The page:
Following DevComms’ recent run down of the new constituency of Reading West & Mid Berkshire, senior account executive for the South East Matthew Vallender explains another newly created seat up for grabs at the General Election.

On May 22, 2024, the Prime Minister announced a UK Parliamentary General Election to be held on Thursday, July 4 and requested the King dissolve Parliament.

In this series of articles, we will explore key battlegrounds across Berkshire, Buckinghamshire, Hampshire, and Oxfordshire.

We’ll delve into constituency profiles, analyse previous election results, introduce the major party candidates, review polling data, and make predictions for the upcoming General Election.

The second constituency in focus is Bicester and Woodstock, a new seat for this General Election.

Constituency profile

The new Bicester & Woodstock constituency is a mosaic of parts from four previous constituencies, creating a unique blend of voters with no clear historical allegiance. Bicester and its surrounding areas have been transferred from Banbury, Kidlington from Oxford West and Abingdon, Woodstock and largely rural areas from Witney, and a small rural segment from the Henley constituency.

Previous General Election results

As this is a new seat, the only reference point is a notional result from the 2019 General Election:

  • Conservative: 28,030 votes (53.9 per cent)
  • Liberal Democrat: 13,825 votes (26.6 per cent)
  • Labour: 8,762 votes (16.9 per cent)
  • Green: 1,225 votes (2.4 per cent)
  • The Brexit Party: 149 votes (0.3 per cent)

Had the constituency existed in 2019, the Conservative candidate would have secured a decisive victory with a majority of 14,205 votes, equating to a 27.3 per cent lead.


The upcoming election sees a diverse group of candidates vying for the seat:

  • Conservative: Rupert Harrison, a former economic advisor to George Osborne and recognised as a key architect of the ‘austerity policy’. Harrison transitioned to an investment role at BlackRock and now advises Jeremy Hunt.
  • Labour: Veronica Oakeshott, a seasoned politician who previously served as a councillor for the Boleyn ward in the London Borough of Newham, where she won 72 per cent of the vote. Her career also includes a tenure with the British High Commission in Nairobi and her current role as head of forests for Global Witness.
  • Liberal Democrat: Calum Miller, an Oxfordshire County Councillor and academic at the Blavatnik School of Government in Oxford, bringing a blend of local governance and academic expertise.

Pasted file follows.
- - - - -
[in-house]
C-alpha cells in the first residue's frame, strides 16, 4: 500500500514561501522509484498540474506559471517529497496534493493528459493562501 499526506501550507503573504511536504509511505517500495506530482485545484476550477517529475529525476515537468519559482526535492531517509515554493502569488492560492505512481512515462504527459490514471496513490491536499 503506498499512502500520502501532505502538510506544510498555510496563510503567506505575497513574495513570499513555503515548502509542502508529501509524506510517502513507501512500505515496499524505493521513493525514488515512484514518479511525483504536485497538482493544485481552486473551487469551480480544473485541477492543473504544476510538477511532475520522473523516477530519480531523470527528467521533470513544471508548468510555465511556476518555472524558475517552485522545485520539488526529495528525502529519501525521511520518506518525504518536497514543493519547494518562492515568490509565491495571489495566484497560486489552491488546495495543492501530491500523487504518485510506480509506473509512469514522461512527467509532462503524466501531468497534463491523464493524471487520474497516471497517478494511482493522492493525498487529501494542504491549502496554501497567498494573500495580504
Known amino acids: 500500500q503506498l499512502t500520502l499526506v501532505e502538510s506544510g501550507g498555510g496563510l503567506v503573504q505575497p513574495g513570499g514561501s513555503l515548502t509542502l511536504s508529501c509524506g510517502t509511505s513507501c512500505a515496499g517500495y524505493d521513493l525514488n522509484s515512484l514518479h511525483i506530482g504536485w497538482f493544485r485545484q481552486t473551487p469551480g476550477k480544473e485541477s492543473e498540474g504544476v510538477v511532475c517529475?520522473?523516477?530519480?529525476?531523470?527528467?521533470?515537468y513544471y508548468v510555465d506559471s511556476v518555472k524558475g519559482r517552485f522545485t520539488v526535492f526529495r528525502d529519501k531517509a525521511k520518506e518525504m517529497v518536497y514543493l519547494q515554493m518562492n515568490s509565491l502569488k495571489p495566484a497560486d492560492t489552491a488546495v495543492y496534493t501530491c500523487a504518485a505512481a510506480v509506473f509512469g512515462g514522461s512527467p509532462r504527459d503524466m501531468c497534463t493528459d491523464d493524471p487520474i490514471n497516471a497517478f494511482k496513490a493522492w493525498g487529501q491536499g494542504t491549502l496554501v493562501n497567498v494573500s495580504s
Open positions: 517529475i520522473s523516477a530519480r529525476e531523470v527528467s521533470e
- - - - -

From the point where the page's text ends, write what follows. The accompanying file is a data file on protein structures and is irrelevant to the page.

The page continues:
• Additional candidates include the Green Party, Reform UK and the Social Democratic Party (SDP).


Polling data suggests a highly competitive race. Electoral Calculus predicts:

  • Conservative: 32.1 per cent
  • Liberal Democrat: 32.0 per cent
  • Labour: 23.1per cent

This forecast gives the Conservatives a 47 per cent chance of winning, with the Liberal Democrats close behind at 42 per cent, and Labour at 11 per cent.

YouGov’s MRP (which has a good track record previously – the most accurate of all pre-poll predictions of the result in 2019, and the only one to predict 2017’s hung Parliament) disagrees (but only just) – putting the seat on 32 per cent Lib Dem, 32 per cent Conservative, and 22 per cent Labour. According to these predictions, the seat could shift from Conservative to Liberal Democrat, reflecting a potential change in voter sentiment.


With polling numbers so close and within the traditional margin of error of +/- three per cent, this seat is a true toss-up between the Conservatives and the Liberal Democrats.

The outcome may hinge on a handful of votes, with Labour also maintaining a significant presence. Any shifts in the final days of campaigning could tip the scales, especially with all major parties having launched their manifestoes last week. This race promises to be one of the most closely watched and hotly contested in the upcoming General Election.

Stay tuned as we continue to provide updates and insights on key constituencies, leading up to the crucial General Election on July 4, 2024.

DevComms’ South East team, based in the heart of Reading and the region, is working with many of these key political stakeholders and is well placed to help our clients as they seek to navigate these political changes.

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